Intended for healthcare professionals

Research Article

Comparison of the activity of short stay independent hospitals in England and Wales, 1981 and 1986.

British Medical Journal 1989; 298 doi: (Published 28 January 1989) Cite this as: British Medical Journal 1989;298:239
  1. J. P. Nicholl,
  2. N. R. Beeby,
  3. B. T. Williams
  1. Department of Community Medicine, University of Sheffield Medical School.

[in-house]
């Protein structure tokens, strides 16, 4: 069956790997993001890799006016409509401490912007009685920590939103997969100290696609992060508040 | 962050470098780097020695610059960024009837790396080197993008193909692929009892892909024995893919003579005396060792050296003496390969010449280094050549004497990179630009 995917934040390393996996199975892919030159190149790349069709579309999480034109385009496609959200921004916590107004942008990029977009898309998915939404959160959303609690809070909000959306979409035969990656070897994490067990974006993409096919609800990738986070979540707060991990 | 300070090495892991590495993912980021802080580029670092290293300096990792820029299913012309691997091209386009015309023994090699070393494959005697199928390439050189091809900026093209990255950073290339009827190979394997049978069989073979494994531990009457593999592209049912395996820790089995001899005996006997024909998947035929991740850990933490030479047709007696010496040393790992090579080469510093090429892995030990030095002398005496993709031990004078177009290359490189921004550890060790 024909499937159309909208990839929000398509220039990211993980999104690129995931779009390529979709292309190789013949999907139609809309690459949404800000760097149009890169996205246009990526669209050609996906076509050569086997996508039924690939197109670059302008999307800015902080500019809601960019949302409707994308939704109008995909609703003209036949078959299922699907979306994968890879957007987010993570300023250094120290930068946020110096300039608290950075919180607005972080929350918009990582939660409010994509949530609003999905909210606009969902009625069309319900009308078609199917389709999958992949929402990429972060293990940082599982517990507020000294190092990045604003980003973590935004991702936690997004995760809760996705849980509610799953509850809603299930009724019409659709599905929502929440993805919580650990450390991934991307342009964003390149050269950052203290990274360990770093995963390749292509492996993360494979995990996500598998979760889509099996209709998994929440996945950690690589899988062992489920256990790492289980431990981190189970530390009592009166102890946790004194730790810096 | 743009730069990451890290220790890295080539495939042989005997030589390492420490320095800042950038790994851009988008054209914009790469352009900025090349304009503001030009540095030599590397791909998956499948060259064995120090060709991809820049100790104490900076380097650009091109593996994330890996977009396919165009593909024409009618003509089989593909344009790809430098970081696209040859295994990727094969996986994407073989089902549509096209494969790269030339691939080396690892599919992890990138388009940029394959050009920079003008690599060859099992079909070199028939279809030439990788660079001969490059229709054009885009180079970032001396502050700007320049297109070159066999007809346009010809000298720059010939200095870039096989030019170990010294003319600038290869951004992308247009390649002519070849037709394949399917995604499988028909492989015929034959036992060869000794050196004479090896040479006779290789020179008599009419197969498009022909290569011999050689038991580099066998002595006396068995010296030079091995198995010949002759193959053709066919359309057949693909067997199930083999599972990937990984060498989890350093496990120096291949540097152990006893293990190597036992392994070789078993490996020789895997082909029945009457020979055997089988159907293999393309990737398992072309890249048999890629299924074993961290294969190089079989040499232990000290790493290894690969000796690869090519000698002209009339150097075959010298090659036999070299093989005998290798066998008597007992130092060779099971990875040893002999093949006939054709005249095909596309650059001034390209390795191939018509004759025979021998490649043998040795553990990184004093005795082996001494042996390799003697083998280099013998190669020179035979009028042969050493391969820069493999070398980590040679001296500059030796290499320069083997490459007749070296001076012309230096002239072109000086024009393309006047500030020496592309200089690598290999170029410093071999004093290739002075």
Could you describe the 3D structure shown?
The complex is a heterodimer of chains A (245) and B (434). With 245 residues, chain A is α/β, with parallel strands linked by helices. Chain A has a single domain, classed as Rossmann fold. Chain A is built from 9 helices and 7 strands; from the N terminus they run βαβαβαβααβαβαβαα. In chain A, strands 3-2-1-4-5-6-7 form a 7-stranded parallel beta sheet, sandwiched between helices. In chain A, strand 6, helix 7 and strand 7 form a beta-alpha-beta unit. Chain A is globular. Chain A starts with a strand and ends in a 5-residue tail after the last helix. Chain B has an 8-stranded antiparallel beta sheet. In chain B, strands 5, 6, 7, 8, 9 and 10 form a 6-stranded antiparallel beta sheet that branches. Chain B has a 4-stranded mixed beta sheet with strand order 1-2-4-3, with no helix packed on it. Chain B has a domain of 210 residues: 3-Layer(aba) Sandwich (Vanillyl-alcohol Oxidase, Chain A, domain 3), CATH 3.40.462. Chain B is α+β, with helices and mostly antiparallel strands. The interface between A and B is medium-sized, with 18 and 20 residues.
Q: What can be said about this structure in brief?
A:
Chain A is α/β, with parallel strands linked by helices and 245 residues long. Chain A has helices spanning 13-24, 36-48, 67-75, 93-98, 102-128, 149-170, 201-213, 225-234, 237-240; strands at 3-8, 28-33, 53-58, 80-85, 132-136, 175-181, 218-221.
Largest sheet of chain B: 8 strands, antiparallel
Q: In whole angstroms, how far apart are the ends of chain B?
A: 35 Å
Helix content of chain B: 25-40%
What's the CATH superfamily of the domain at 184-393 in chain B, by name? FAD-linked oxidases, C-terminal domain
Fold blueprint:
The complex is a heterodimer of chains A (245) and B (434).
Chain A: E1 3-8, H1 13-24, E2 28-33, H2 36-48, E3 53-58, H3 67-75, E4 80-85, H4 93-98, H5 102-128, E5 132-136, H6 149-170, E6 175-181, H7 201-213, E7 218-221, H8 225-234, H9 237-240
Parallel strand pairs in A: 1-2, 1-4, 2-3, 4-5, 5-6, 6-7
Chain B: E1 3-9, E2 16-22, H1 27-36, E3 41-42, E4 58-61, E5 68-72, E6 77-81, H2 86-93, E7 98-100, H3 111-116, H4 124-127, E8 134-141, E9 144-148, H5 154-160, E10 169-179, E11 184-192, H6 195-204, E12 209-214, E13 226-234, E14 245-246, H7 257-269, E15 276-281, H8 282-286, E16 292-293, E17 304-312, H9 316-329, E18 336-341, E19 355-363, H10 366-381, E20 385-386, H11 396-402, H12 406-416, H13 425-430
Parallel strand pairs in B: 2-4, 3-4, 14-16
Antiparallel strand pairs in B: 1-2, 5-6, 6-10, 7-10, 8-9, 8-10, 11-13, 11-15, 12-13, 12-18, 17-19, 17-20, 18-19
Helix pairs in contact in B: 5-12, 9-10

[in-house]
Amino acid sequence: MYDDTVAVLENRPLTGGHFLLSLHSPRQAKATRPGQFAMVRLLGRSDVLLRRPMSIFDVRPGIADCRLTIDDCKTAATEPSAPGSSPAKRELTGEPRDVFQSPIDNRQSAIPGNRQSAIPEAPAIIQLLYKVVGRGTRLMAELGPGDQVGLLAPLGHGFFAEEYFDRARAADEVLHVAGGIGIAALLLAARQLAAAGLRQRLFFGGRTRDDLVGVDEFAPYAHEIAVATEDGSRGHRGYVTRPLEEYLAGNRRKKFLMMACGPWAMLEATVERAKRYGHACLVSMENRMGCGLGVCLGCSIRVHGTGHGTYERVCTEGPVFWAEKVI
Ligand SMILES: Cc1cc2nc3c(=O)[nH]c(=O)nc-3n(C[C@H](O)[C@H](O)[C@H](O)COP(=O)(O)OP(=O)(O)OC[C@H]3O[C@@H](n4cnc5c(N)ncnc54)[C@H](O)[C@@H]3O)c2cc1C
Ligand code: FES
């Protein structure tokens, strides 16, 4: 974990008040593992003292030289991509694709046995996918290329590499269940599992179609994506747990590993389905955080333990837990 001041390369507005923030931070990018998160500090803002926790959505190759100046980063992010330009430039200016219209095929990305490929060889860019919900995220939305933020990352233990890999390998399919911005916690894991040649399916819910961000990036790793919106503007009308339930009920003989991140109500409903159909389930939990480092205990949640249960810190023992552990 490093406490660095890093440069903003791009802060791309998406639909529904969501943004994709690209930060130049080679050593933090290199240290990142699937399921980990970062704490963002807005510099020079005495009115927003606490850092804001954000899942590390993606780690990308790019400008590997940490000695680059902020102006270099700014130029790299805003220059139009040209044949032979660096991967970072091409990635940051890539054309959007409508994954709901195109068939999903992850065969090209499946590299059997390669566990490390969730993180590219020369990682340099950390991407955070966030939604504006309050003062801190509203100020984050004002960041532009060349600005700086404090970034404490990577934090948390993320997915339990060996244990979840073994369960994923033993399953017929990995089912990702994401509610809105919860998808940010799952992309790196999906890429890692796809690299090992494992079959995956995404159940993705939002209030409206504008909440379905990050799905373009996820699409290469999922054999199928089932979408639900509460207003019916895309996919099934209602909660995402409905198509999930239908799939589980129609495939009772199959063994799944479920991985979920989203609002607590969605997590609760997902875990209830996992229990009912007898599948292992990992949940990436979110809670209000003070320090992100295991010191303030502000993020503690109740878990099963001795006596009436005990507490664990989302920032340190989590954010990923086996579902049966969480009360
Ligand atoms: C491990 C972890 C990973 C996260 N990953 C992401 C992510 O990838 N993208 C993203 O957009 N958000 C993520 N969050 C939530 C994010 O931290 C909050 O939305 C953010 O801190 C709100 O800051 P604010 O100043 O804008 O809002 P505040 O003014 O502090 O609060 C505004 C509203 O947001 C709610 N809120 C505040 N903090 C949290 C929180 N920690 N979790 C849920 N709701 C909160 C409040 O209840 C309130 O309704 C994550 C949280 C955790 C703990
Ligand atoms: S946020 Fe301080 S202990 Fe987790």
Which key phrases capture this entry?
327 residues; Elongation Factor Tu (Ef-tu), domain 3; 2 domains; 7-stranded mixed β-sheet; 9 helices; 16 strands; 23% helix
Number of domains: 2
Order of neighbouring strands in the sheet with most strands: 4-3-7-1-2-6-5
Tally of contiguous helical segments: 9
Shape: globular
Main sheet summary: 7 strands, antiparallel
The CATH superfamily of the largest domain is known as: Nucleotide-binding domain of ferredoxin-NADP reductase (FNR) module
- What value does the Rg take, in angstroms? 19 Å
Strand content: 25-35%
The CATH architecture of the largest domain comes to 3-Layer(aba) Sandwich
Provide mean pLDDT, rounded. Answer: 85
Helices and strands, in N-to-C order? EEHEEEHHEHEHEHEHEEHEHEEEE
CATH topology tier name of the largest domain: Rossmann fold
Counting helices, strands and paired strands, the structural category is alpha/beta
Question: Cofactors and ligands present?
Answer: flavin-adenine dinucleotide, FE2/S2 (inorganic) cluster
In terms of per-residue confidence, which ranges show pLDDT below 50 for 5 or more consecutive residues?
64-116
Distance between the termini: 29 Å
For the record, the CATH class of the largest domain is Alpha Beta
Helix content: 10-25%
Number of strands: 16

From a sample of 19,000 treatment episodes at 183 of the 193 independent hospitals with operating facilities in England and Wales that were open during 1986 it is estimated that 404,000 inpatients were treated in 1986 (an increase of 48% since 1981) and 99,000 day cases (an increase of 112%). It was found that the procedure most commonly performed was abortion, though this made up only 19% of the total caseload in 1986 compared with 30% in 1981, otherwise the case mix in 1986 was similar to that in 1981. Fewer patients came from overseas in 1986 than in 1981, but the distribution by age and sex remained the same, with three quarters of the patients aged between 15 and 65. The estimated bed occupancy in the independent hospitals in 1986 was less than 60% nationally and only 52% in the Thames regions. It is concluded that in these five years the nature of the independent hospital sector changed little, and in 1986 the activity still consisted largely of routine cold elective surgery for people of working age, and the regional differences in admission rates to independent hospitals were nearly as great as in 1981.